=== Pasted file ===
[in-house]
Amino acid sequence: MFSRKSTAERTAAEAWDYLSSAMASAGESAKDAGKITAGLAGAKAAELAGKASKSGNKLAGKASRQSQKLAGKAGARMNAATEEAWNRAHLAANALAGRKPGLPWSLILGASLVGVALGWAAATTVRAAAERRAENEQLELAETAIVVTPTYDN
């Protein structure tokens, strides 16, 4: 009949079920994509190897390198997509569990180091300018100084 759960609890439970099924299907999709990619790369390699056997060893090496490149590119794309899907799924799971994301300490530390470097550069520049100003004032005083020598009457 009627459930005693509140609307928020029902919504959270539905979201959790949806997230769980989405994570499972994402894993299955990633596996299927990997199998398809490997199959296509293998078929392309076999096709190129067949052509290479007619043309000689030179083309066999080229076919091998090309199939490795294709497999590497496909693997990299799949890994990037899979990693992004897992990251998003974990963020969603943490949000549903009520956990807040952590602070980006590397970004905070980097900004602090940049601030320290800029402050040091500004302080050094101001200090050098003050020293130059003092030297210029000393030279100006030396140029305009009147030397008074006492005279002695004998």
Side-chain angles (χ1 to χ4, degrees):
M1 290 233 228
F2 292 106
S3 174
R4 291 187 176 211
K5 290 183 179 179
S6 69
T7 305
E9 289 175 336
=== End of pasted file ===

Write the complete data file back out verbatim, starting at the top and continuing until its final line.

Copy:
[in-house]
Amino acid sequence: MFSRKSTAERTAAEAWDYLSSAMASAGESAKDAGKITAGLAGAKAAELAGKASKSGNKLAGKASRQSQKLAGKAGARMNAATEEAWNRAHLAANALAGRKPGLPWSLILGASLVGVALGWAAATTVRAAAERRAENEQLELAETAIVVTPTYDN
């Protein structure tokens, strides 16, 4: 009949079920994509190897390198997509569990180091300018100084 759960609890439970099924299907999709990619790369390699056997060893090496490149590119794309899907799924799971994301300490530390470097550069520049100003004032005083020598009457 009627459930005693509140609307928020029902919504959270539905979201959790949806997230769980989405994570499972994402894993299955990633596996299927990997199998398809490997199959296509293998078929392309076999096709190129067949052509290479007619043309000689030179083309066999080229076919091998090309199939490795294709497999590497496909693997990299799949890994990037899979990693992004897992990251998003974990963020969603943490949000549903009520956990807040952590602070980006590397970004905070980097900004602090940049601030320290800029402050040091500004302080050094101001200090050098003050020293130059003092030297210029000393030279100006030396140029305009009147030397008074006492005279002695004998």
Side-chain angles (χ1 to χ4, degrees):
M1 290 233 228
F2 292 106
S3 174
R4 291 187 176 211
K5 290 183 179 179
S6 69
T7 305
E9 289 175 336